“ I am glad to find in your book (The English Constitution, Produced and Illustrated) a formal contradiction, at length, of the judiciary usurpation of legislative power; for such the judges have usurped in their repeated decisions, that Christianity is a part of the coinmon law. The proof of the contrary, which you have adduced, is incontrovertible; to wit, that the common law existed while the Anglo-Saxons were yet Pagans; at a time when they had never get beard the name of Christ pronounced, or knew that such a character had ever existed. But it may amnse you to sbow, when, and by what means, they stole this law in upon us. In a case of Quare Impedit, in the year book, 34 Henry VI, fo. 38, 11458) a question was made how far the ecclesiastical law was to be respected in a Common Law Court? and Prisot C. l., gave his opinion in these words: á tiel leis que ils de saint eglise ont en ancien scripture, covient á nous á donner credence; car cen Common Ley sur quels touts mappers leis sont fondès. Et auxy, Sir, nous sumus obligés de conustre lour ley de saint eglise: et semblablement ils sont obligés de conustre nostre ley. Et, Sir, si poit apperer or á nous que l'evesque ad fait come un ordinary fera en tiel cas, adorez nous devons ceo adjuger bon, ou auterment nemy? &c. See G. C. Fitzb. abr. qu. imp. 89. Bro. abr. qu. imp. .12.- Finch in his Ist Book, c. 3. is the first afterwards wbo quotes the case, and mis-states it thus, ' to such laws of the churcb as bave warrant in Holy Scripture our law giveth credence,' and cites Prisot; mistranslating 'ancien scripture into holy scripture:' whereas Prisot palpably says, 'to such laws as those of holy church have in ancient writing it is proper for us to give credence;' to wit, to their ancient written laws. This was in 1613, a century and a half after the dictum of Prisot. Wingate, in 1658, erects this false translation into a maxim of the Common Law, copying the words of Finch, but citing Prisot.-Winga te max. 3, and Shepherd, tit. ' Religion' in 1675 copies the same mistranslation, quoting the Y. 13, Finch and Wingate. Hale expresses it in these words · Christianity is parcel of the law of England.'- Vesetre. 293. 3. Keb. 670, but quotes no authority. By these echoings, and re-echoings from one to another, it had become so established in 1728, that in the case of the King v. Woolston, 2 Stra. 834. the court would not suffer it to be debated, whether to write against Christianity was punishable in the temporal courts at common law. Wood therefore, 409, ventures still to vary the phrase, and says, “ that all blasphemy and profaneness are offences by the common law,' and cites 2 Stra.—then Blackstone, in 1763, iv. 59. repeats the words of Hale, tbat • Christianity is part of the law of England,' citing Ventris and Strange; and finally, Lord Mansfield, with a little qualification, in Evans's case in 1767, says that the essential principles of revealed religion are parts of the common law ;' thus ingulfing Bible, Testament, and all, into the common law, witbout citing any authority: and thus we find this chain of authorities hanging, link by link, one upon another, and all ultimately on one and the same hook; and that, a mis-translation of the words ' ancient scripture,' used by Prisot.-Finch quotes Prisot; Wingate does the same; Sheppard quotes Prisot, Finch, aud Wingate; Hale cites nobody; the Court in Woolston's case, cites Hale; Wood cites Woolston's case; Blackstone quotes Woolston's case and Hale; and Lord Mapsfield, like Hale, ventures it on his own authority. Here I might defy the best read lawyer to produce another scrap of authority for this judiciary forgery; and I might go on further to show how some of the Anglo-Saxon Priests interpolated into the text of Alfred's laws the 20th, 21st, 22d, and 23d chapters of Exodus, aud the 15th of the Acts of the Apostles, from the 23d to the 29th verses; but this would lead my pen, and your patience too far. What a conspiracy this, between church and state!!! Sing Tantarara, rogues all! Sing Tantarara, rogues all!”

This seems a very clear account of the origin of the nonsensical law phrase of Christianity being part and parcel of the law of the land. To this I will add the copy of a letter I sent to Chief Justice Abbott whilst he was in Dorchester as Judge of Assize last week, accompanied with a copy of my letter to Mr. Garland, the Sheriff.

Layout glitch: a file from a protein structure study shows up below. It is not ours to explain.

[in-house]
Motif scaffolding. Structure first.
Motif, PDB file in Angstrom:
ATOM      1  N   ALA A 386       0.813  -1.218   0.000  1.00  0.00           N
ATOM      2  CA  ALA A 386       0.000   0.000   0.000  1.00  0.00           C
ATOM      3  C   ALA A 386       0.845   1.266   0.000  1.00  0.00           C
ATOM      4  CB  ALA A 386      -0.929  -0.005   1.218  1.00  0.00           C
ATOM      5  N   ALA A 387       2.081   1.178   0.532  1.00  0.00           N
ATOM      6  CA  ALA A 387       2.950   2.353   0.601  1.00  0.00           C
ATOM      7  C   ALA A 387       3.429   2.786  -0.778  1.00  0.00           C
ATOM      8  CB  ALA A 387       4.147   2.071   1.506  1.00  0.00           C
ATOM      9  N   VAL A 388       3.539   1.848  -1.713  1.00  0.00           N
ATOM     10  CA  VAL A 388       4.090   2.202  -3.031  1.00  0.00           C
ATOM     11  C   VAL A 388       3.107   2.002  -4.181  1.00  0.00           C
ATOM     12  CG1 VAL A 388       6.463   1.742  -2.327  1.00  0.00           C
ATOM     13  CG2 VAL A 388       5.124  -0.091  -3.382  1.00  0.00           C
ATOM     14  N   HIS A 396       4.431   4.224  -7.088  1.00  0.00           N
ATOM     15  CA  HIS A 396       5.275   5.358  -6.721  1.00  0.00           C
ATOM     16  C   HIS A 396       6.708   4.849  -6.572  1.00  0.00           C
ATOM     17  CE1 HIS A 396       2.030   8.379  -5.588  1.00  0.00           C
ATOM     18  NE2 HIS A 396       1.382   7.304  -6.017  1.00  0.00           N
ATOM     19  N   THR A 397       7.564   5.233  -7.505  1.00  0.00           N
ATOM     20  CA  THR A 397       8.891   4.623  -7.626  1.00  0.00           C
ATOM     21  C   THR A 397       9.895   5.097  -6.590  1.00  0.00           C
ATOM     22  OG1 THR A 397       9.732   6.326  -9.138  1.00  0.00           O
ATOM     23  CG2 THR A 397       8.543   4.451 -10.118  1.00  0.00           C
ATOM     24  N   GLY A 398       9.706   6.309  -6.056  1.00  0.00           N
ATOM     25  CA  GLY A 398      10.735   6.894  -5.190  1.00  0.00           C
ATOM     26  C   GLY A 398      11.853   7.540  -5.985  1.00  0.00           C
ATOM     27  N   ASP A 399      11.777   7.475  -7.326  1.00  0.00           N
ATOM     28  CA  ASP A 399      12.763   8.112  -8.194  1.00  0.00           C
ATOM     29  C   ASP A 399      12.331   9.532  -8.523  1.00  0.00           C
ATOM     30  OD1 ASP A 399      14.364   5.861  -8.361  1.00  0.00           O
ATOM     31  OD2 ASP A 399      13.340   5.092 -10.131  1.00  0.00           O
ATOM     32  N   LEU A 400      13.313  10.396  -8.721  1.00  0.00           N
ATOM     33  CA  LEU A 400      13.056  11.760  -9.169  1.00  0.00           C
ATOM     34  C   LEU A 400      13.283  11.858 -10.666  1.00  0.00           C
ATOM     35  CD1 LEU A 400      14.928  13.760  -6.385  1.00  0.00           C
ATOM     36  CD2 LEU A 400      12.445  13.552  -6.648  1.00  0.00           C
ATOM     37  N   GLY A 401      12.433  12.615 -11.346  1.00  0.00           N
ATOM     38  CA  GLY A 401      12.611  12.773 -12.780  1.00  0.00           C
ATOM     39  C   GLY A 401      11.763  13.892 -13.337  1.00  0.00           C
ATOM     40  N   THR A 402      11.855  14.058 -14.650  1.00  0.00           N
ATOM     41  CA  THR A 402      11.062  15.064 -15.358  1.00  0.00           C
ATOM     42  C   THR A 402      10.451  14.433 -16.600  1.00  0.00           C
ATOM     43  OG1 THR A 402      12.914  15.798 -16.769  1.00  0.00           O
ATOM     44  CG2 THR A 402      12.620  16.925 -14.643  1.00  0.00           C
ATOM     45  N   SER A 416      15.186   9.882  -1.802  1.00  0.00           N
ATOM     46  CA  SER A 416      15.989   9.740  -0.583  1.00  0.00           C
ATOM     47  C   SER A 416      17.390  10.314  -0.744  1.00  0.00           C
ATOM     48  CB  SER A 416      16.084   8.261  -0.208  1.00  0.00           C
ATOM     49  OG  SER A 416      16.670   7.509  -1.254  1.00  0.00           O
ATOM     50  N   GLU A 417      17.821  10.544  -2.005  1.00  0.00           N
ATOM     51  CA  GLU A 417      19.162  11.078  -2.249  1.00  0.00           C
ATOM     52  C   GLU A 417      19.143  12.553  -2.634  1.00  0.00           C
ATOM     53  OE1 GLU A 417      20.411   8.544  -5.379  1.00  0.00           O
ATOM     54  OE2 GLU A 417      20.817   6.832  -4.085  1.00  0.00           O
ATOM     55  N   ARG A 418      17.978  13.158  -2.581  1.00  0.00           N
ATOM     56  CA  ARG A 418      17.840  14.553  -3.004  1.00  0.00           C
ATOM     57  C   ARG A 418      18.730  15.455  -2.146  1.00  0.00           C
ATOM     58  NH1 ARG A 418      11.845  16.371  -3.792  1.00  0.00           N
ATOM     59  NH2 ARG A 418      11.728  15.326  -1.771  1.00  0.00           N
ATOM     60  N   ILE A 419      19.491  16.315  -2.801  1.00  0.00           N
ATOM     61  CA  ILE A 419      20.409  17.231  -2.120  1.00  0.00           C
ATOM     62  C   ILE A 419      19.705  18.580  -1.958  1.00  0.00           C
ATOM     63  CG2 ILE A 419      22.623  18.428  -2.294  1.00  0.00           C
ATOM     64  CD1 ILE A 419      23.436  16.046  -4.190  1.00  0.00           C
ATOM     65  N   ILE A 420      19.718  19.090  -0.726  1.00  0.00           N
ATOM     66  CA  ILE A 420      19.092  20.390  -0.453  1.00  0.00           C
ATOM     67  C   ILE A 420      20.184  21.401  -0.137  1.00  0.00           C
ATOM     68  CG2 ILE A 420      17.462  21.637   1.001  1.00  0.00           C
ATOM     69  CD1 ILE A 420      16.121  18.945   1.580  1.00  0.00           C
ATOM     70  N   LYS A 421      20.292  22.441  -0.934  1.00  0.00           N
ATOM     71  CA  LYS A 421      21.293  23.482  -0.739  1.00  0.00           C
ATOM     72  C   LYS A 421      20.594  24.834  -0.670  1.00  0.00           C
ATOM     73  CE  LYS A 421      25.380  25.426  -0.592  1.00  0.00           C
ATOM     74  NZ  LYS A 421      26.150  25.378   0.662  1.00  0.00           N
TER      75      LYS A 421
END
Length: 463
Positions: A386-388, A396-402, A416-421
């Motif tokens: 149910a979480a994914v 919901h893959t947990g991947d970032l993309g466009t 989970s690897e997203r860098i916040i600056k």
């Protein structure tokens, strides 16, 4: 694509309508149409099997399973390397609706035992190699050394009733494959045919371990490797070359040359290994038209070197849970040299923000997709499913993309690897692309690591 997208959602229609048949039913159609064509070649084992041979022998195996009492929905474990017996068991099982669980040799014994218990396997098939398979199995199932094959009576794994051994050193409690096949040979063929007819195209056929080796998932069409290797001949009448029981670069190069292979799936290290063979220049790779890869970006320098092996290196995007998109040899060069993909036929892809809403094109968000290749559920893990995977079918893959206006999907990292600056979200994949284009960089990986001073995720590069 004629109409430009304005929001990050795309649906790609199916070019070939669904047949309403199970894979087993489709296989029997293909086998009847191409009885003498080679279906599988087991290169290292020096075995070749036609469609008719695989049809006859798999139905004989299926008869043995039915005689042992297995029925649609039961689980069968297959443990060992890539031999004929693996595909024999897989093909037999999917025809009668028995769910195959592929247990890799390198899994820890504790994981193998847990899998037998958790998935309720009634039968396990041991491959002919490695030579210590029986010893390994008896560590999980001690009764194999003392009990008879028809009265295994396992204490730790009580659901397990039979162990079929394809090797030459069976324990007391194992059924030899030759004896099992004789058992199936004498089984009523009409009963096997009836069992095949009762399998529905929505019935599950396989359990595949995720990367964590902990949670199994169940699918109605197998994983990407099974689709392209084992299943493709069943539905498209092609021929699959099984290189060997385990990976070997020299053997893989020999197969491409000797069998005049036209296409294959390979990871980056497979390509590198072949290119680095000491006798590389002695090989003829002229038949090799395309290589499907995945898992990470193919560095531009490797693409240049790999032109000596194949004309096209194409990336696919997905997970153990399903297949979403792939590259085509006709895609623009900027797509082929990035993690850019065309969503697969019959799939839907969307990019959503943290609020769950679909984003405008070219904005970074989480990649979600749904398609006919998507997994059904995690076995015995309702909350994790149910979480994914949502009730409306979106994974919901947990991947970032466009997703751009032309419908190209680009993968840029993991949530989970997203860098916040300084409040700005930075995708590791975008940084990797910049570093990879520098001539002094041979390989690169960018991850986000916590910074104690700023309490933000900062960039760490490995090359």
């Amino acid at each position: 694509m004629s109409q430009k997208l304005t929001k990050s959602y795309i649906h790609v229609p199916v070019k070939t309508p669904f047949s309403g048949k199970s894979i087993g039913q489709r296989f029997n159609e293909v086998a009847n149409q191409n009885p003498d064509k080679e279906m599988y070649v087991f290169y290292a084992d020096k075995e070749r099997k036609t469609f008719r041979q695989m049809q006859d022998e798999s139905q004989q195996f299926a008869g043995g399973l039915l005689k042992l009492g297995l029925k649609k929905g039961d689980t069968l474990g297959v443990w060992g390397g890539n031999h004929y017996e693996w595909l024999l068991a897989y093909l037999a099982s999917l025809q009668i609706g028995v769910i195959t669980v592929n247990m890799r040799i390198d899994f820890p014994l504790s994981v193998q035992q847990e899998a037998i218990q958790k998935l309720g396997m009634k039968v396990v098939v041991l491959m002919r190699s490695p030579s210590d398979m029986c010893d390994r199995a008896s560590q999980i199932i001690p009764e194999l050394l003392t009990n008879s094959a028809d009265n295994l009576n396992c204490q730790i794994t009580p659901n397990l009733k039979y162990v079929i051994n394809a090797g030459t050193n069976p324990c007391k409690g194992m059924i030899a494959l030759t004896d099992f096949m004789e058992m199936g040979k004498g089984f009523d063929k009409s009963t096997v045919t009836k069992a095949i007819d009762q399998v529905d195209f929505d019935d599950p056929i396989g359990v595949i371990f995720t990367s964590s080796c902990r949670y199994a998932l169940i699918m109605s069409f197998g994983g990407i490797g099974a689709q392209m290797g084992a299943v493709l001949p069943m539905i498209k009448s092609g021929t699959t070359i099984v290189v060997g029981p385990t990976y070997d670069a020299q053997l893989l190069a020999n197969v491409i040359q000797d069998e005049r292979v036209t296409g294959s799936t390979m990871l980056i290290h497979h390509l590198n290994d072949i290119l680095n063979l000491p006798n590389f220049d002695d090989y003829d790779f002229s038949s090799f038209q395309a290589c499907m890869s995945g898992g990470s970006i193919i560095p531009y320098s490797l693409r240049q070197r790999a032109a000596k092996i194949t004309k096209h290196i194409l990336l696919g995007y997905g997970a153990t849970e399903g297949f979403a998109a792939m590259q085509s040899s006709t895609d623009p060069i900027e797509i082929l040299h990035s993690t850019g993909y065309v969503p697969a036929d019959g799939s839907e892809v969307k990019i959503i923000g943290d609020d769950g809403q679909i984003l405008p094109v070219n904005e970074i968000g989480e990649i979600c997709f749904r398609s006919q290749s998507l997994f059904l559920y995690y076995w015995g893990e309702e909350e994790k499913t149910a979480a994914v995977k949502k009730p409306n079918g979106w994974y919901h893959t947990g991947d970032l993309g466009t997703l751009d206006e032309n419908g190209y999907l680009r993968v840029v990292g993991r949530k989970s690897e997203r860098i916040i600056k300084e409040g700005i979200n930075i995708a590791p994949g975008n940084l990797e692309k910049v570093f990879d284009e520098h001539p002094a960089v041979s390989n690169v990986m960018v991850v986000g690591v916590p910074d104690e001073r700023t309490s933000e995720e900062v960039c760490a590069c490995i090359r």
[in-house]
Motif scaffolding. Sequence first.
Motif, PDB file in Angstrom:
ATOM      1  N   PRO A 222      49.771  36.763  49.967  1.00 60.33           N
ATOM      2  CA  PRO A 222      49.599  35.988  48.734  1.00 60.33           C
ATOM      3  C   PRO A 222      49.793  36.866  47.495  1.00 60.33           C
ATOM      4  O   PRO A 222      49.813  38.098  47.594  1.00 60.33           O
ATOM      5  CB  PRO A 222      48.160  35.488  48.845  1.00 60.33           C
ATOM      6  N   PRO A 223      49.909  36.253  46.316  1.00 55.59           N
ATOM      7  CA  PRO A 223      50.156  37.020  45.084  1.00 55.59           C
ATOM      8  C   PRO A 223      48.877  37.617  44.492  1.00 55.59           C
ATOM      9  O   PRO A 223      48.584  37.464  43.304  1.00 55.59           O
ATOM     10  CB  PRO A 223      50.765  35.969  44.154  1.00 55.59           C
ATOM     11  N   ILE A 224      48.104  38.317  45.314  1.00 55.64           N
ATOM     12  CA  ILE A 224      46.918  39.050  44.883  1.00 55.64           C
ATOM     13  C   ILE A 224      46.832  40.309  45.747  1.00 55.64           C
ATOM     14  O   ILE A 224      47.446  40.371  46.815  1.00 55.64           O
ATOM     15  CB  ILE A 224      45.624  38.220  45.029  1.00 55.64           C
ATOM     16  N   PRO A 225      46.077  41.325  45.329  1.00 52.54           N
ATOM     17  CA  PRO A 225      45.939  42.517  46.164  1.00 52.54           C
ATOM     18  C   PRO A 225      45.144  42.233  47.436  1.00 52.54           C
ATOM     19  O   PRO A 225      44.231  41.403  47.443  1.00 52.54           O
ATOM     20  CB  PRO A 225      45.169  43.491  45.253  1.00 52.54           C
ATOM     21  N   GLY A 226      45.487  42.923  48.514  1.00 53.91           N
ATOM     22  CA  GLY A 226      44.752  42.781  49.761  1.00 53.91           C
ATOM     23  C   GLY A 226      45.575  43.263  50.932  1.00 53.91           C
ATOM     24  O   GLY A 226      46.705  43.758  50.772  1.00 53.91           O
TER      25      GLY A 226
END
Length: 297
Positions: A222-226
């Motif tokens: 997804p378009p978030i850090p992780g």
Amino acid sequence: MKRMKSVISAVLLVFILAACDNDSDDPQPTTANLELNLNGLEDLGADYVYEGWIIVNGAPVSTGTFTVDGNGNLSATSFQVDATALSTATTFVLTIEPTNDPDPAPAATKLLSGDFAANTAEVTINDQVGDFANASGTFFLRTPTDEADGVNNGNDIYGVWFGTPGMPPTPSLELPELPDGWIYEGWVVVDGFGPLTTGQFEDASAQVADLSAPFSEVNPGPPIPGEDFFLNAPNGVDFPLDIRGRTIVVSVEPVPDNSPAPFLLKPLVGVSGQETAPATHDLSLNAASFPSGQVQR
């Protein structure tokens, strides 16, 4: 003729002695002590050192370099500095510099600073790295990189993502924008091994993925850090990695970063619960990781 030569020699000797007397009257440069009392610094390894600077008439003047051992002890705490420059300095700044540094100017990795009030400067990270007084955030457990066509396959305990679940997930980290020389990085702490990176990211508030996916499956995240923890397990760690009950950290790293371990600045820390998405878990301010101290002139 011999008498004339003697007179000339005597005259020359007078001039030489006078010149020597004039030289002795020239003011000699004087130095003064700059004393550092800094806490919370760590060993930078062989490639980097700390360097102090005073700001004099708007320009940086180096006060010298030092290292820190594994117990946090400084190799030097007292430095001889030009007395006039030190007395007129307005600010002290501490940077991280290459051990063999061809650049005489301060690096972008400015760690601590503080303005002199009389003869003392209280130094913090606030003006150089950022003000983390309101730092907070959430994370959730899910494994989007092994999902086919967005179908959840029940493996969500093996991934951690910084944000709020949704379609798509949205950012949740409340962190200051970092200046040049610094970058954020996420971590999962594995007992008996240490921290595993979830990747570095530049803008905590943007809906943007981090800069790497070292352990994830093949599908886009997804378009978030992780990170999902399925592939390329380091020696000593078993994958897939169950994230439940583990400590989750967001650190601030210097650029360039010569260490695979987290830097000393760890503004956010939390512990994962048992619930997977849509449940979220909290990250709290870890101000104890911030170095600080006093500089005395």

Dorchester Gaol, August 24, 1824. MAY IT PLEASE YOUR LORDSHIP, As your avocation bas brought you so near to the spot, where you have compelled me to follow mine, I take the li- . berty to let you see how well I am going on, hoping it will meet your approbation, and induce you to assist in restoring me to a more enlarged sphere of bodily action.

For the purposes or emanations of the mind, I have room enough; but as the mind is but the internal action of the body, the one decaying and dying with the other, I wish to make mine as lasting as possible, by giving it more exercise and better air...

Very anxious to bave another interview with your Lord. ship,

I remain
Your Lordship's obedient Servant,

RICHARD CARLILE.
Lord Chief Justice Abbott,

Dorchester.

Returning you thauks for all past support, and hoping to merit all you can give in future, I remain, with respect to all friends in Bradford, their happy fellow labourer,

RICHARD CARLILE.

RED JACKET, THE INDIAN CHIEF.

In No. 17, Vol. IX, we gave the speech of this celebrated man, in answer to an invitation from a Mr. Christian Cram, that he and his tribe would become Christians. In perusing a most interesting and instructive work, just publisbed, entitled “ An Excursion through the United States and Canada, during the years 1822-3, by an English Gentleman," we find the same speech copied, with a few more explanations, the traveller having been introduced to RED JACKET -and also, another speech, by the same chief, delivered in May, 1811, at the same place, (Buffalo) in answer to one made by the Reverend Mr. Alexander, a missionary from the Missionary Society in New York, which we also copy.

“ Brother, we listened to the talk you delivered to us from the Council of the Black Coats*, in New York. We have fully considered your talk, and the offers you have made us. We perfectly understand them; and we return an apswer, which we wish you also to understand. In making up our minds, we have looked back, and remembered what was done in our days, and what our fathers have told us was done in old times.

Brother, great numbers of Black Coats have been among the Indians, and with sweet voices and smiling faces, bare offered to teach them the religion of the wbite people. Our bretbren in the East listened to the Black Coats, turned from the religion of their fathers, and took up the religion of the wbite people. What good., bas it done them? Are they more happy, and more friendly one to another, than we are? No, brother! they are a divided people. We are united- they quarrel about religion; we live in love and friendship, they drink strong water-bave learned to cheat—and to practice all the vices of the white men, wbich disgrace Indians, without imitating the virtues of the white men. Brother, if you be our well wisher, keep away, and do not disturb us.

“ Brother, we do not worship the Great Spirit as the white men do; but we believe that forms of worship are indifferent to the Great Spirit. It is the offering of a sincere heart that pleases bim, and we worship bim in this manner.

* The appellation given to the Clergymen by the Indians.